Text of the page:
Greece 'close to deal' with creditors
Greece and its private creditors said they had made progress during talks in Athens on a debt- swap accord needed to lower the country's borrowings and clear the way for a second round of international aid.
"The elements of an unprecedented voluntary private-sector involvement are coming into place," according to an emailed statement from Charles Dallara, managing director of the Institute of International Finance, a Washington-based lobby group representing creditors negotiating with the government.
European officials and the nation's private bondholders agreed in October to implement a 50 per cent cut in the face value of just more than €200 billion of Greek debt by voluntarily exchanging outstanding bonds for new securities, with a goal of reducing Greece's borrowings to 120 per cent of gross domestic product by 2020.
Athens had been anxious to strike a deal before a meeting tomorrow of euro zone finance ministers, just in time to set in motion the paperwork and approvals necessary to receive a new injection of aid to avoid a messy bankruptcy in March.
An accord with bondholders is key to a second financing package for the cash-strapped country, which faces a €14.5 billion bond payment on March 20th.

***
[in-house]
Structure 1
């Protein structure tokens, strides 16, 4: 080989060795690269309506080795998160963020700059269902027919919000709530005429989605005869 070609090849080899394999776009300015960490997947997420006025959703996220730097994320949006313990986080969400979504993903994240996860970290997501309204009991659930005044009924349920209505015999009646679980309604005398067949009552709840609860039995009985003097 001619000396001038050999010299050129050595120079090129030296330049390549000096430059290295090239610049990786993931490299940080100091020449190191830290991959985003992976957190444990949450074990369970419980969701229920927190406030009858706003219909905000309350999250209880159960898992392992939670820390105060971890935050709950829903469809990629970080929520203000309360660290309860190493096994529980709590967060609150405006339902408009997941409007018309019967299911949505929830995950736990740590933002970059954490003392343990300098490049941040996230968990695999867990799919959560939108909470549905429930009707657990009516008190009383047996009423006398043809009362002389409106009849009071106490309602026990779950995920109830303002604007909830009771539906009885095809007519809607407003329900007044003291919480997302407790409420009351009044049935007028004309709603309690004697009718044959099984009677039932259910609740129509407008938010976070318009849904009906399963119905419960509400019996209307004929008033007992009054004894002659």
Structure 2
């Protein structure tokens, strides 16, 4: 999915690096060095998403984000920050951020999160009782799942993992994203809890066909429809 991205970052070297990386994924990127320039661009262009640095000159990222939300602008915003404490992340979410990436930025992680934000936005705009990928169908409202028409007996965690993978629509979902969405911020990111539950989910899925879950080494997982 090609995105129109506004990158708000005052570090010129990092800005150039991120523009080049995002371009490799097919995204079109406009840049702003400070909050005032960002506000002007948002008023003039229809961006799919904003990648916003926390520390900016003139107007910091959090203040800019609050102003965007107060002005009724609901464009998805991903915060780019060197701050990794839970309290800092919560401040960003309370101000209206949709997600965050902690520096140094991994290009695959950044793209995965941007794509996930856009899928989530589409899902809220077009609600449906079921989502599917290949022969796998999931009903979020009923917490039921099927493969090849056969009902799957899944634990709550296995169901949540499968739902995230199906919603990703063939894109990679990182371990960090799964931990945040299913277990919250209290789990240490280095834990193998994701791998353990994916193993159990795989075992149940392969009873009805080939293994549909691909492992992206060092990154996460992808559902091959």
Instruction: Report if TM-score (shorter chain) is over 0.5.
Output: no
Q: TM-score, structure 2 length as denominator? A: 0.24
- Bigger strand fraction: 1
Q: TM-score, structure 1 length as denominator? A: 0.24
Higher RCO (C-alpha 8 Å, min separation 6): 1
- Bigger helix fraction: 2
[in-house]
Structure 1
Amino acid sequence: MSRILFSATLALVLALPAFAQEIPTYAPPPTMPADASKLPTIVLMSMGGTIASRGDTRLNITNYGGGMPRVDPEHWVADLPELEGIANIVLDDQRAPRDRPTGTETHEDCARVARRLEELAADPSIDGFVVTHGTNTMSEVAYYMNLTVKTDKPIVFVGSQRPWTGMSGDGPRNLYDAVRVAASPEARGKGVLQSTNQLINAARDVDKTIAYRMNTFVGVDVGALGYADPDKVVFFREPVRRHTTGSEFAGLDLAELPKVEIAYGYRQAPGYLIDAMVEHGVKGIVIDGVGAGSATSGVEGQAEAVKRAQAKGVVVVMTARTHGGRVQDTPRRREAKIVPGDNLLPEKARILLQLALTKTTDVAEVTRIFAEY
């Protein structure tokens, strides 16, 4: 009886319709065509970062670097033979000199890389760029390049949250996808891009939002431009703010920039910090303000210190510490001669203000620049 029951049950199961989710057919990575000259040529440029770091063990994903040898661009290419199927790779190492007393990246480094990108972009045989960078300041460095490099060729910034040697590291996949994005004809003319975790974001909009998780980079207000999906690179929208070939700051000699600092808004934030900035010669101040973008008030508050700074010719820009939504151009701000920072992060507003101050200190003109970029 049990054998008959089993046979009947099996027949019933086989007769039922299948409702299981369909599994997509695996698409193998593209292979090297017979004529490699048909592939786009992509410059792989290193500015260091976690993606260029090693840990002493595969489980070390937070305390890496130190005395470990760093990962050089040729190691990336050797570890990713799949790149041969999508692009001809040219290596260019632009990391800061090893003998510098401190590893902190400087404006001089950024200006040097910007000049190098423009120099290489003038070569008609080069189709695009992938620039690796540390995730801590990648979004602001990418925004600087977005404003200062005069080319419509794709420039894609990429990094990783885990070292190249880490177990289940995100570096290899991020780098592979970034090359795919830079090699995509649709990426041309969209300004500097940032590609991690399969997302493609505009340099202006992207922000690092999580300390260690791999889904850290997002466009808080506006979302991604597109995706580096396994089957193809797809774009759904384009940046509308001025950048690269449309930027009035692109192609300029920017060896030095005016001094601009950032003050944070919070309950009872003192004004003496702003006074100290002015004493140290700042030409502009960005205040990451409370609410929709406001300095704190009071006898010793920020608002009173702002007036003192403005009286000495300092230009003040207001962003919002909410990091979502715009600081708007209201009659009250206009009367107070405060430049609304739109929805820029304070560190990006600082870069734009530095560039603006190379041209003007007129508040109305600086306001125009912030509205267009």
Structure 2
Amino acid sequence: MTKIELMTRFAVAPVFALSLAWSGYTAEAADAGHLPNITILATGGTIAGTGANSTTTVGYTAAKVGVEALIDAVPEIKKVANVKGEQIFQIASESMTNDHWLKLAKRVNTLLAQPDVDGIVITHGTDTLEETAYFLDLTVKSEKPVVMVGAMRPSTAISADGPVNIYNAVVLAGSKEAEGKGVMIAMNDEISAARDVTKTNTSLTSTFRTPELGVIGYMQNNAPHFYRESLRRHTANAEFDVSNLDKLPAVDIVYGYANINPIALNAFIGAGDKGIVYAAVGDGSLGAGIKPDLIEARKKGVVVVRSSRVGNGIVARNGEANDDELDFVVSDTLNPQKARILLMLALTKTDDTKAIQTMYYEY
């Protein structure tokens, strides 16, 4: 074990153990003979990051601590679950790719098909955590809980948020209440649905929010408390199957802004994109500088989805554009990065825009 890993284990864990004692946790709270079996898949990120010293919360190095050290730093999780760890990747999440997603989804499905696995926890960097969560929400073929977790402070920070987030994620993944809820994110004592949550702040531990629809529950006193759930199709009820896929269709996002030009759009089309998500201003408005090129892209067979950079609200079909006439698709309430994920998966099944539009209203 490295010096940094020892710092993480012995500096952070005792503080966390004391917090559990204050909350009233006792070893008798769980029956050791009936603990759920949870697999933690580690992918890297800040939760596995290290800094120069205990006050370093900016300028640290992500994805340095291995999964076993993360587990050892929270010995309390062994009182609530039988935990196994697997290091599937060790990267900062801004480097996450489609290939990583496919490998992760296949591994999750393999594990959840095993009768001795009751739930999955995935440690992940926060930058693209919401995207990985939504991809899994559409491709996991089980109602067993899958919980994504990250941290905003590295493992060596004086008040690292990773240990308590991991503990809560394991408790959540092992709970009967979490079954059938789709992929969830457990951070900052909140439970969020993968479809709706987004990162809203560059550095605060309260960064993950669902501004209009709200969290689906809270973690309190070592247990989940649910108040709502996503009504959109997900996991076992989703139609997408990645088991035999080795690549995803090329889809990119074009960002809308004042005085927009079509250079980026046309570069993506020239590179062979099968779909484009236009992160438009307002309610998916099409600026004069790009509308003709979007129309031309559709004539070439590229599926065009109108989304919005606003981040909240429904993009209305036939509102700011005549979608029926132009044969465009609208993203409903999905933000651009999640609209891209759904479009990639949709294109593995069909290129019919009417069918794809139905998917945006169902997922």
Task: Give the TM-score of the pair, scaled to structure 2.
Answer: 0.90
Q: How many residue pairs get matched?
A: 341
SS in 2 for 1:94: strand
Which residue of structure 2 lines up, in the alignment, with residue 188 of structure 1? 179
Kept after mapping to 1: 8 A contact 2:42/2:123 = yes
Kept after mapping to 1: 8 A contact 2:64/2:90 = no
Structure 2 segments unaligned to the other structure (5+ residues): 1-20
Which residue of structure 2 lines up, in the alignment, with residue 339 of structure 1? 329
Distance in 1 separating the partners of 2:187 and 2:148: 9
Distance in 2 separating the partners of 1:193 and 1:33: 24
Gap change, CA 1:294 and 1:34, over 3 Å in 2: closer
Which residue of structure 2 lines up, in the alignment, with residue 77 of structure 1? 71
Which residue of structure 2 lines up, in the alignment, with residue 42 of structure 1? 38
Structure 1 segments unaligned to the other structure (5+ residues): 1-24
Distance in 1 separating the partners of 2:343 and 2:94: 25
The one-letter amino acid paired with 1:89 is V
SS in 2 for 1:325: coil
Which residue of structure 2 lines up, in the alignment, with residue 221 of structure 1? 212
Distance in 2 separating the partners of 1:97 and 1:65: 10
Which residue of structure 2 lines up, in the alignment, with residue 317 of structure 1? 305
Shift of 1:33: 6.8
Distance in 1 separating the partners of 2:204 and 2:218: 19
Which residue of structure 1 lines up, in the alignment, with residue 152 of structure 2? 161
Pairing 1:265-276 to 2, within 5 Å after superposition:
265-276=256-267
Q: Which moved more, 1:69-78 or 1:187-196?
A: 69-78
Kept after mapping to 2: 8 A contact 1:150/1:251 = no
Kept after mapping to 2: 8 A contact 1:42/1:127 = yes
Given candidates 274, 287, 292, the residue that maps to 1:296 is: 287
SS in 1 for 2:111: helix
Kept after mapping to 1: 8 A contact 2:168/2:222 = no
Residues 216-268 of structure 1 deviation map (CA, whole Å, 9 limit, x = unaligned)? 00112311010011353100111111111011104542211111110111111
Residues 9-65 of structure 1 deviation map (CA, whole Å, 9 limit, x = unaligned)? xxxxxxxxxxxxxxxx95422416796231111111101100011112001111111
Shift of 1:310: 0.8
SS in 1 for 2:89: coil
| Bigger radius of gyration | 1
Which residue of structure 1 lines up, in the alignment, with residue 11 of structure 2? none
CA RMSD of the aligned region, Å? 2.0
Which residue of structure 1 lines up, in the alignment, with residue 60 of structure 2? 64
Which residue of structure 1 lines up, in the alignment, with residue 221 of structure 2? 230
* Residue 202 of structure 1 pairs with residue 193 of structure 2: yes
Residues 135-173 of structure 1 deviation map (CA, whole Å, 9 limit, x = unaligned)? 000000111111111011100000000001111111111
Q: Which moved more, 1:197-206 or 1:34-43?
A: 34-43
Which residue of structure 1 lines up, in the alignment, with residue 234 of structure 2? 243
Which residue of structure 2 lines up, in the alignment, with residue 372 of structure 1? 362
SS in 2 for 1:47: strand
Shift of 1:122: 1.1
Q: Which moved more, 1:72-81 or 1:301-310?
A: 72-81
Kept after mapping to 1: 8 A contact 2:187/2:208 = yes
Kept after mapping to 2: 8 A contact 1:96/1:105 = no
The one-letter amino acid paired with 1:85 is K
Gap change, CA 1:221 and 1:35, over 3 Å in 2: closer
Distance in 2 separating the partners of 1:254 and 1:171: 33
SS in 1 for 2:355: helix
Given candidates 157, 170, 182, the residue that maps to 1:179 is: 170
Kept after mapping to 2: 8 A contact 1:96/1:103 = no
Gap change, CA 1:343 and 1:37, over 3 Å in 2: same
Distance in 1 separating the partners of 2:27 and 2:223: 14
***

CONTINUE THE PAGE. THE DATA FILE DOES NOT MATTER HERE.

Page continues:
Private bondholders will likely take a hit of 65 to 70 per cent on their holdings, with Greece's new bonds featuring 30-year maturity and a progressive coupon, or interest rate, averaging out at 4 per cent, another banking official close to the talks said.
"Now is the time to act decisively and seize the opportunity to finalise this historic deal and contribute to the economic stability of Greece, the euro area and the world economy," Mr Dallara said in a joint statement with Jean Lemierre, a special adviser to the chairman of BNP Paribas.
A four-hour meeting with the IIF officials and prime minister Lucas Papademos broke up about 1am on Friday night in Athens. The two sides were in contact by telephone yesterday, said a Greek finance ministry official.
An IIF steering committee team of experts was in Athens and working with the government toward an agreement, he said. "There's been significant progress," Hans Humes, president of Greylock Capital Management and a member of the creditor committee, said in a Bloomberg Television interview.
"There's broad agreement about the coupons and structural elements."